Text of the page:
I can’t tell you how many times I’ve heard that phrase in one of my selling seminars. The fact is, you aren’t selling if you always have the “right price.” Selling is offering a product or service at a price which provides a profit to the seller. The “right” price has nothing to do with what others are charging or the competitive atmosphere of the market.

All people want is to purchase things that have more value than what they paid. The bigger the difference between the value and the price, the easier the sale is to close. People want to buy wholesale. They want to buy in large quantities— look at the success of places like Sam’s Club or Costco, where people pay a fee to get what many think are better prices. People want to buy clothing “on sale.” Why? Because the perception is they are saving money— the value exceeds the price.

It’s part of our nature to want to pay less but receive the highest quality products. “Going out of business” sales are great places to find value; the companies don’t care anymore whether they are making a profit. Yet some companies have used this ploy year after year and apparently, somehow make a profit. My point is we all want to be assured that we are getting value for our buck.

So let’s think about how we sell our products and services. It makes little difference what you sell; the method is always the same: set the value high enough above the price that the buyer will see the offer as worthwhile and buy.

Setting the value is not a scam or smoke and mirrors. It is finding things that will differentiate you from others in the marketing who sell the same things you do. This is the fun part of selling. Selling is creating a perception of value without being dishonest. This is sometimes hard for new salespeople to understand.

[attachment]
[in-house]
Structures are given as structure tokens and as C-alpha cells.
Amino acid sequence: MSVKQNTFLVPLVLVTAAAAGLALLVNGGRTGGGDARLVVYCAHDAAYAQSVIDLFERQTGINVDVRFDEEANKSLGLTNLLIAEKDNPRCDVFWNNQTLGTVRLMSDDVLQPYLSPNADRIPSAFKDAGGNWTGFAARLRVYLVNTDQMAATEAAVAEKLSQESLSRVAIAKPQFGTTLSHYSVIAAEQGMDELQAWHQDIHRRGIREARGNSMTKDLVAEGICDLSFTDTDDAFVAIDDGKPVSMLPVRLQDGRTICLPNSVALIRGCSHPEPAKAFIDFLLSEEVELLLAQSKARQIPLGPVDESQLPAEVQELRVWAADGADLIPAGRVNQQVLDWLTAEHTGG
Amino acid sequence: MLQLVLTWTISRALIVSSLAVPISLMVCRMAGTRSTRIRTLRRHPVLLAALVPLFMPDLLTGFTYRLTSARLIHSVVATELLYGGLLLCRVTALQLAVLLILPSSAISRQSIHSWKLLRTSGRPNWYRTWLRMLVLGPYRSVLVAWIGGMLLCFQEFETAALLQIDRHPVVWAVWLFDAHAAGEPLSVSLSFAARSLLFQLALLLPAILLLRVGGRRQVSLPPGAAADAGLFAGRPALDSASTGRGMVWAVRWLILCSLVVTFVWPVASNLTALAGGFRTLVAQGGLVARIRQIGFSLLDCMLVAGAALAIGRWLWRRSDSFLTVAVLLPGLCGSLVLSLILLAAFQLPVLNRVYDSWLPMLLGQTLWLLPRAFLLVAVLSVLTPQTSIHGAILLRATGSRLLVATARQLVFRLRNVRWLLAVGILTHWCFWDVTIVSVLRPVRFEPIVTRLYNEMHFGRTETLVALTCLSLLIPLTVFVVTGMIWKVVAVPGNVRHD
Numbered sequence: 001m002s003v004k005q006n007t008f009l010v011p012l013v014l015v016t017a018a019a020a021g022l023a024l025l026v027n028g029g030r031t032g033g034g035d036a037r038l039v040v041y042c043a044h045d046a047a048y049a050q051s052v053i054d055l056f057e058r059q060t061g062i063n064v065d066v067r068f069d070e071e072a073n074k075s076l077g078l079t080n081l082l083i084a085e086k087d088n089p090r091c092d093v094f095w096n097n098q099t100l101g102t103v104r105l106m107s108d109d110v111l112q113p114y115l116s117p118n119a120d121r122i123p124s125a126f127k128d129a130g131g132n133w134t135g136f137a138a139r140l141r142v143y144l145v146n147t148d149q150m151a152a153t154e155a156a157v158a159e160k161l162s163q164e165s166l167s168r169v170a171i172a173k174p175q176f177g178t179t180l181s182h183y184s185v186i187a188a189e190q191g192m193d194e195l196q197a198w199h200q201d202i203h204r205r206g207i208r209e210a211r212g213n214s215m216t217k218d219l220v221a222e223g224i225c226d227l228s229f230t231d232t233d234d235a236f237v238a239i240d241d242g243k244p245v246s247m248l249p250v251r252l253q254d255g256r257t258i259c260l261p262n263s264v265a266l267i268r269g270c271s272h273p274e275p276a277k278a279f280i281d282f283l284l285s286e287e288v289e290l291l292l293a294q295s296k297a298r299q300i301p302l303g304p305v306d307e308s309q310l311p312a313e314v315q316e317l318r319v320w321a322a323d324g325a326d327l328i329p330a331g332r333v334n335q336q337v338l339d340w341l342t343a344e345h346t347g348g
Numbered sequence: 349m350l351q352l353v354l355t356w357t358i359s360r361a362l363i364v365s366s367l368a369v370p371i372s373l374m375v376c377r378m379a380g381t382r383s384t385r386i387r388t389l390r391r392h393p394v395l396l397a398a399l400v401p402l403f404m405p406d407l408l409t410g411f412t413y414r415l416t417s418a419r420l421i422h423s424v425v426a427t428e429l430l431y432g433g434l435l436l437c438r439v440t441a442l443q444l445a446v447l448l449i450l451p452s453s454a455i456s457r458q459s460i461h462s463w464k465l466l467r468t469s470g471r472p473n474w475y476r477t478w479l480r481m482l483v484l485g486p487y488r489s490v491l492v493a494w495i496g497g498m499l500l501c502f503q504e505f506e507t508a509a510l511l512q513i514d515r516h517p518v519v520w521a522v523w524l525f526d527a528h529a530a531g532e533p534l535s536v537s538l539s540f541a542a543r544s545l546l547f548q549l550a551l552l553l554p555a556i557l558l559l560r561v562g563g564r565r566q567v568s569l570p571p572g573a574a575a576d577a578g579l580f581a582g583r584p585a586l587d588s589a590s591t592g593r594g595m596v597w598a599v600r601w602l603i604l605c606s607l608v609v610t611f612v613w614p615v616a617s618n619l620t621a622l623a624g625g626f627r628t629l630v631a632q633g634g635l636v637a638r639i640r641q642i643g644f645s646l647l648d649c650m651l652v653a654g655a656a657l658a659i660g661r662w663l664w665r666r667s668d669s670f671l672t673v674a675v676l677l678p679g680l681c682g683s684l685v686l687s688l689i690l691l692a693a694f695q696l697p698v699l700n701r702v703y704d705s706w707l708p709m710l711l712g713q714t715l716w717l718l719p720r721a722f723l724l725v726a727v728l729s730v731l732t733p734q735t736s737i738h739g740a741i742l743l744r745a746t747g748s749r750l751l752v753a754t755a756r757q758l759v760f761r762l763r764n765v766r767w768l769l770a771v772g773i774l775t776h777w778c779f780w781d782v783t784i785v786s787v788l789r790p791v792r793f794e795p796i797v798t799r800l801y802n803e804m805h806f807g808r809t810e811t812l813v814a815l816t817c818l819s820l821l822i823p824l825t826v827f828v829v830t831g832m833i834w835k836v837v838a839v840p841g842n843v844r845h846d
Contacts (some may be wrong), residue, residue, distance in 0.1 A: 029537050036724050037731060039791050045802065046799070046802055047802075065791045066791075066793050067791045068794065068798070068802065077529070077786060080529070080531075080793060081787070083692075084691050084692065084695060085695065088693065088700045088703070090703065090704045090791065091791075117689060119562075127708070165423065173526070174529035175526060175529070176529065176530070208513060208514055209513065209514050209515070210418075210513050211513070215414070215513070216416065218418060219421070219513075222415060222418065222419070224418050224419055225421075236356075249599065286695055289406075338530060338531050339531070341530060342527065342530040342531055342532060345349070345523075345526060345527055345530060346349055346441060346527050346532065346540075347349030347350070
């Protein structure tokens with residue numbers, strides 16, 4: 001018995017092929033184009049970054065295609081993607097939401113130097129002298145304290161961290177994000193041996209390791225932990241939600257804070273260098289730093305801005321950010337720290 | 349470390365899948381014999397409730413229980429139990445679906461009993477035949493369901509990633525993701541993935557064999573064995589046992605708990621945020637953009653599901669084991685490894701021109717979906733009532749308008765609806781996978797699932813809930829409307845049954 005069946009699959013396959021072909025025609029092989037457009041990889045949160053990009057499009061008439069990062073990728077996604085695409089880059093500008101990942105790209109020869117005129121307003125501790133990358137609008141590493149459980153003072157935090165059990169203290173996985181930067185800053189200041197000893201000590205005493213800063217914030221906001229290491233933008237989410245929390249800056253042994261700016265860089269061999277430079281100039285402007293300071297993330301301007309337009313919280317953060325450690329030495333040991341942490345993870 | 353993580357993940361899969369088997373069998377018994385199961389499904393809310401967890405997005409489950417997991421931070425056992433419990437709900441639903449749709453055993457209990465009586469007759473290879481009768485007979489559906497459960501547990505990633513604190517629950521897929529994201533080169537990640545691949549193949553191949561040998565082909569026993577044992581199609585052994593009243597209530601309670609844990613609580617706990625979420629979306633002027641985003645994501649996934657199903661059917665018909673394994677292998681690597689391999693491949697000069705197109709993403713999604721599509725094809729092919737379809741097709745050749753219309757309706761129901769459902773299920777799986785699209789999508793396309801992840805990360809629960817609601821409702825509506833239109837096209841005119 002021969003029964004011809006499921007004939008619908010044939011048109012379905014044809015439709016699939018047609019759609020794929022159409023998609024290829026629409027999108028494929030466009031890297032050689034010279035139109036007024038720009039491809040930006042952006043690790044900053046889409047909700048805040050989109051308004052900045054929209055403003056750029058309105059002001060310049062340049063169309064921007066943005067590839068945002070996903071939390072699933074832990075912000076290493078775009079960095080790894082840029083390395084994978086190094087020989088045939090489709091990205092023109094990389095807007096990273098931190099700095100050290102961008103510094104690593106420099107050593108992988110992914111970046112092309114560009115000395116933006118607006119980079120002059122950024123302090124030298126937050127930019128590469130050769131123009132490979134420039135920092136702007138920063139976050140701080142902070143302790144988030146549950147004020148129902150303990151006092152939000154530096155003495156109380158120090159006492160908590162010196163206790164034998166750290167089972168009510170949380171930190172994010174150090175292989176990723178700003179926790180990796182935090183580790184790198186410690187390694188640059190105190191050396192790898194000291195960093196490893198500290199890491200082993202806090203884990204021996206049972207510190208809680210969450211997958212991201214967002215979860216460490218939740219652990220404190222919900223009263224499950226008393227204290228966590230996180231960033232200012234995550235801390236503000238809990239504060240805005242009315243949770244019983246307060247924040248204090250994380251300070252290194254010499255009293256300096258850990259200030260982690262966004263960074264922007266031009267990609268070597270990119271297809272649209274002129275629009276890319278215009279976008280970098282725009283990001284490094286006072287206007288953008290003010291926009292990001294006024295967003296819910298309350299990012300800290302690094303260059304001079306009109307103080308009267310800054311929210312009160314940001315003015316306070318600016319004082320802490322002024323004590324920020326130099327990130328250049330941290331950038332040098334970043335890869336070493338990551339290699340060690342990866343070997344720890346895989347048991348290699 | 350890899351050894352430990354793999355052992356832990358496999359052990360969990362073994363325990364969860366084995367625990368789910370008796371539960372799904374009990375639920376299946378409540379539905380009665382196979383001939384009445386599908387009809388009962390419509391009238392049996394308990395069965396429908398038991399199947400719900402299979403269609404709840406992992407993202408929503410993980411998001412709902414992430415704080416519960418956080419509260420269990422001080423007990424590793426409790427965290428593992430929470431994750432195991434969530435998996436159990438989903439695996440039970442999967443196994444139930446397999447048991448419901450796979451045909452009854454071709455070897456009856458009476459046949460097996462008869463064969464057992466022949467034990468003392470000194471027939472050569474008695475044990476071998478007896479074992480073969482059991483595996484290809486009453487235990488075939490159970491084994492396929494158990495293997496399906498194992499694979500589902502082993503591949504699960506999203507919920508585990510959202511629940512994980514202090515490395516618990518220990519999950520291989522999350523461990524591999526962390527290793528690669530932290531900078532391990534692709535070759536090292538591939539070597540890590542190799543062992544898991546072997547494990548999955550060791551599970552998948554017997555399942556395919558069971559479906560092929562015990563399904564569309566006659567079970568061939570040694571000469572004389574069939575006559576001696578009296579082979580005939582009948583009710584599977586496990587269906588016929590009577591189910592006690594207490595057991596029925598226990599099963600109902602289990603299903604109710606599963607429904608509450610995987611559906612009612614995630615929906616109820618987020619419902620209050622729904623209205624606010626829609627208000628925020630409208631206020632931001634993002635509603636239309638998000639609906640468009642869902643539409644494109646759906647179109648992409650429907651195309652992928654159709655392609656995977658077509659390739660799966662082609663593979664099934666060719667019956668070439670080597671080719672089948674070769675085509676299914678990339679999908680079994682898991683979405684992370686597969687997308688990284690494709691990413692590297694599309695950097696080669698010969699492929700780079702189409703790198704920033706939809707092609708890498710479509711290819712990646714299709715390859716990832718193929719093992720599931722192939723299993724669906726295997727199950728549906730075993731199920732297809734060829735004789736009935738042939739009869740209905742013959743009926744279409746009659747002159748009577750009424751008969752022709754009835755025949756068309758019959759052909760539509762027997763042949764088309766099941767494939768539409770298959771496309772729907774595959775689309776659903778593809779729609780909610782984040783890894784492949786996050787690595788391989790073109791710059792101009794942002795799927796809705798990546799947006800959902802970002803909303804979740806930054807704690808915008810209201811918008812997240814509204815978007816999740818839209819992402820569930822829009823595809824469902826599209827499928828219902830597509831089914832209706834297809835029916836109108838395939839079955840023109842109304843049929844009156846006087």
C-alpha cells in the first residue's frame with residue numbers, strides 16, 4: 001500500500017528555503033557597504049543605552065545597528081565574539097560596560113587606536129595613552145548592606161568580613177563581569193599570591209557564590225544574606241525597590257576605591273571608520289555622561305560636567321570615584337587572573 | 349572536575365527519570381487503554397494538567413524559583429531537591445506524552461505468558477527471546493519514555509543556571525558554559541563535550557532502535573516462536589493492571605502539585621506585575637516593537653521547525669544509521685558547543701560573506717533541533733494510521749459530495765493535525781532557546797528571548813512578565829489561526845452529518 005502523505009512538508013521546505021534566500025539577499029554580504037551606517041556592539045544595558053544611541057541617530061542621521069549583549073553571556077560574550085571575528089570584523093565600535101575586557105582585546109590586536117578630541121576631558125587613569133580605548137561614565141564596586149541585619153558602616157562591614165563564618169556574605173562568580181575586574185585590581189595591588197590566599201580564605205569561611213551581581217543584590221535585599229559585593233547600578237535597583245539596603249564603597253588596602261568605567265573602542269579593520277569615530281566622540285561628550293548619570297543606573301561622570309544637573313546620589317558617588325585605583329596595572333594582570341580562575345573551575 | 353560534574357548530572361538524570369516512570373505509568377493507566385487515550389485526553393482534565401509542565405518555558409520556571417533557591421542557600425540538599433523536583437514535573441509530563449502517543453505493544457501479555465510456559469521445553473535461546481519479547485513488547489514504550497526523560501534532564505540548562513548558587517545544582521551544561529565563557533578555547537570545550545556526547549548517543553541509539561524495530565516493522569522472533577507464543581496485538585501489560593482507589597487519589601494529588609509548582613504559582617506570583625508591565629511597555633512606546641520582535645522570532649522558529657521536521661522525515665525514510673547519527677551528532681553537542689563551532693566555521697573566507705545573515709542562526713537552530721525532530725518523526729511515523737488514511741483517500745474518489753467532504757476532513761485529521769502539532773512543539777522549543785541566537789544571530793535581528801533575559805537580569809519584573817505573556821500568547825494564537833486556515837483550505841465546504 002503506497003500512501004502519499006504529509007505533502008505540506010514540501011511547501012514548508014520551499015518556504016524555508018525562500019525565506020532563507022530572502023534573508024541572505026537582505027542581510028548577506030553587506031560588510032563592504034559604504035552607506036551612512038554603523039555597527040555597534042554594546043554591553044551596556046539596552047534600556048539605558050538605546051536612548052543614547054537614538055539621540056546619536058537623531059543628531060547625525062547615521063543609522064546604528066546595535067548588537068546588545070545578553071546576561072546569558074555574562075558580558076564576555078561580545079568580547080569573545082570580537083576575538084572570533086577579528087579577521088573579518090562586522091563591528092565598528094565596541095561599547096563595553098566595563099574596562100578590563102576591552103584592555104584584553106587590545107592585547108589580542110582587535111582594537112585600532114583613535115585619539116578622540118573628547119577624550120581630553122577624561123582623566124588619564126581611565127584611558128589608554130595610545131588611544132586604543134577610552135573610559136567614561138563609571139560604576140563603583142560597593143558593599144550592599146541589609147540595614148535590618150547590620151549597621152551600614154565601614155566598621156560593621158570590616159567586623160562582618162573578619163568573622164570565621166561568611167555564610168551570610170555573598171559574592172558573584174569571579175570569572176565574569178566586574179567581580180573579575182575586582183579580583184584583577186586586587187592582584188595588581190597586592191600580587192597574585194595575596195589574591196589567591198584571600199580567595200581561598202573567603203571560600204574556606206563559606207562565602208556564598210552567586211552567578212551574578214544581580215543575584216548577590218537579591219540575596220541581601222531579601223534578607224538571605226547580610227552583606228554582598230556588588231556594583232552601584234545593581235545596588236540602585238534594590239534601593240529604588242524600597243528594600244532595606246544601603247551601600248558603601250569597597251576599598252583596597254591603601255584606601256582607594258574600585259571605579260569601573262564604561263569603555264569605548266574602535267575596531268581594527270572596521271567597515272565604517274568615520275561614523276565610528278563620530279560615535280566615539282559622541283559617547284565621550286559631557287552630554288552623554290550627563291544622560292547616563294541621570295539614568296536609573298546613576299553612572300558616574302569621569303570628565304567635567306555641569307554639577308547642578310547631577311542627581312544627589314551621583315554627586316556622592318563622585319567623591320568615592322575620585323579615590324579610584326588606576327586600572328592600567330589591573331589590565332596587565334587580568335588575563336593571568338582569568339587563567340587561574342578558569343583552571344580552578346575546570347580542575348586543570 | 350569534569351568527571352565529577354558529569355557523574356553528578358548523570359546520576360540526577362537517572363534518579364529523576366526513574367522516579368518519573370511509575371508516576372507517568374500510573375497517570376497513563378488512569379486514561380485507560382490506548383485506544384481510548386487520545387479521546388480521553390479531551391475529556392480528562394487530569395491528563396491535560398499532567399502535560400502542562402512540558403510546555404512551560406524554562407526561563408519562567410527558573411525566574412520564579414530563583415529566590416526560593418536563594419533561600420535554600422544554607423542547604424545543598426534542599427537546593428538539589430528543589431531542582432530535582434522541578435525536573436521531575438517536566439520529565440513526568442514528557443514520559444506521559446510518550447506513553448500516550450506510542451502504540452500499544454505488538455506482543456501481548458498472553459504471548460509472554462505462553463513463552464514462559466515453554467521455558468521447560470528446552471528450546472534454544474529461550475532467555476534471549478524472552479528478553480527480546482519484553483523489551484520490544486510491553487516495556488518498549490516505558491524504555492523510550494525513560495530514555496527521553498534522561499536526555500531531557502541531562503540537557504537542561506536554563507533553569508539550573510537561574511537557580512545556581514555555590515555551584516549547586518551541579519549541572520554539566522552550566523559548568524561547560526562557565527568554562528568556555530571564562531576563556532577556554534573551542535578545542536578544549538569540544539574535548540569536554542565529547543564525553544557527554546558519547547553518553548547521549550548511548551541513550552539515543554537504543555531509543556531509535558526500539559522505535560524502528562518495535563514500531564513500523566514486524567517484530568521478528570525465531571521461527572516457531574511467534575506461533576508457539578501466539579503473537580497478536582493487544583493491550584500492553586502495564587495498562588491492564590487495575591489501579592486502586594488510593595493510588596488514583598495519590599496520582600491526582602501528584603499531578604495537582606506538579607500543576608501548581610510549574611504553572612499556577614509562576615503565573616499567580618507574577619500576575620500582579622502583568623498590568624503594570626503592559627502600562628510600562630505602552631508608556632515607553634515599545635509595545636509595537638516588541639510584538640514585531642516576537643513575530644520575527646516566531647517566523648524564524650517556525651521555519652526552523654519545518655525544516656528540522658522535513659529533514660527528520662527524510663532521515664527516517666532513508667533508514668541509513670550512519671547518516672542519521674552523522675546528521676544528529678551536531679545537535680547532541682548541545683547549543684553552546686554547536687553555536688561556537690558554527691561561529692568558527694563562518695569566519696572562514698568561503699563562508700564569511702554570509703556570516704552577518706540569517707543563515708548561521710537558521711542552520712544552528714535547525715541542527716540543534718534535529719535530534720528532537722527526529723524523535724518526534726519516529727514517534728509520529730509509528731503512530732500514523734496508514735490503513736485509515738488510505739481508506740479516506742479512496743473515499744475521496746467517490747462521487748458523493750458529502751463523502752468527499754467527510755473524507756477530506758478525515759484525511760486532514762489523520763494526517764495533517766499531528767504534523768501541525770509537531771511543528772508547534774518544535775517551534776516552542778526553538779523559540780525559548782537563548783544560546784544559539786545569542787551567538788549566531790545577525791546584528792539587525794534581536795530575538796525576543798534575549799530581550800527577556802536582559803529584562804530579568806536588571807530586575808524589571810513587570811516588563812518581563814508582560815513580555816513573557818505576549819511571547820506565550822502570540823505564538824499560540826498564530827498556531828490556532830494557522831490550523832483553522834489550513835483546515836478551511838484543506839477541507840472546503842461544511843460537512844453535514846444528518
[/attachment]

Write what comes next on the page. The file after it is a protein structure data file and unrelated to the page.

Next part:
Since setting value seems to be a hard concept for some people, let me go over some examples for sheet metal and hvac applications:

Sheet metal

The gauge of the metal (30 ga. vs. 24 ga.); cross-breaking the ductwork on all sizes, not just on the units having as aspect ratio of more than 3 to 1; the finish of the metal; how the joints are put together; the use of turning vanes in the elbows; the flexible connectors used at the plenum; streamline fittings vs. higher friction loss fittings; the design of the ductwork: the velocity and the static pressures… and the list can grow daily.

Hvac equipment

Without getting into brand names— you know how I feel about that issue— talk about how you isolate the units with pads under the units for sound; how you ground all the outside units with a three-foot copper road; how you set up all heating units so they will be able to later add ac, electronic air cleaning or humidification; how you offer a full one-year warranty or better warranty on everything you install; how you train your people to be the best service people in the market; how you use flat rate pricing on any service call after the warranty period to insure a fair price to the buyer; how the equipment is sized to suit the current conditions and not one that existed more than 10 years ago or so feature the manufacturer would like you to talk about.

Now these are features or things you do to the equipment to make it a final end user product, a finished product. But they are not benefits that the prospect can relate to or see value for themselves. That is your job and where perception comes into play.

Let me take a couple of the features above and show how to create benefits for the end user. You might say:

“We cross-break all of our ductwork and use nothing but 26 ga. and thicker sheet metal. What this means to you is that when this system comes on or goes off, there will be no popping noise. We are proud of our quiet design. We also design the airflow at the delivery outlets and the returns as well as the ductwork to be as quiet as possible. Let me show you the difference between two system designs that both meet your home heating and cooling needs.”

At this point, bring out samples to show the difference between a quality job (yours) and they type of job they could get if they bought only from a lowest price standpoint. The combination of using samples while explaining the differences or the value of your system is dramatic and effective. This is truly creating the perception of value by being honest.

If the customer does not buy at this point, then the problem is you haven’t presented the story so they understand the value. Go over it again and make sure they see your enthusiasm. They will buy.

(Dave Gleason has more than 40 years of experience in contracting, engineering and wholesaling. He has put these experiences into a comprehensive consultation and training company called Systematic Selling Inc., which offers customized sales seminars and workshops. Contact him at 1165 Antioch Campground Road, Gainesville, GA 30506; phone 800-447-7355; fax 717-698-6555.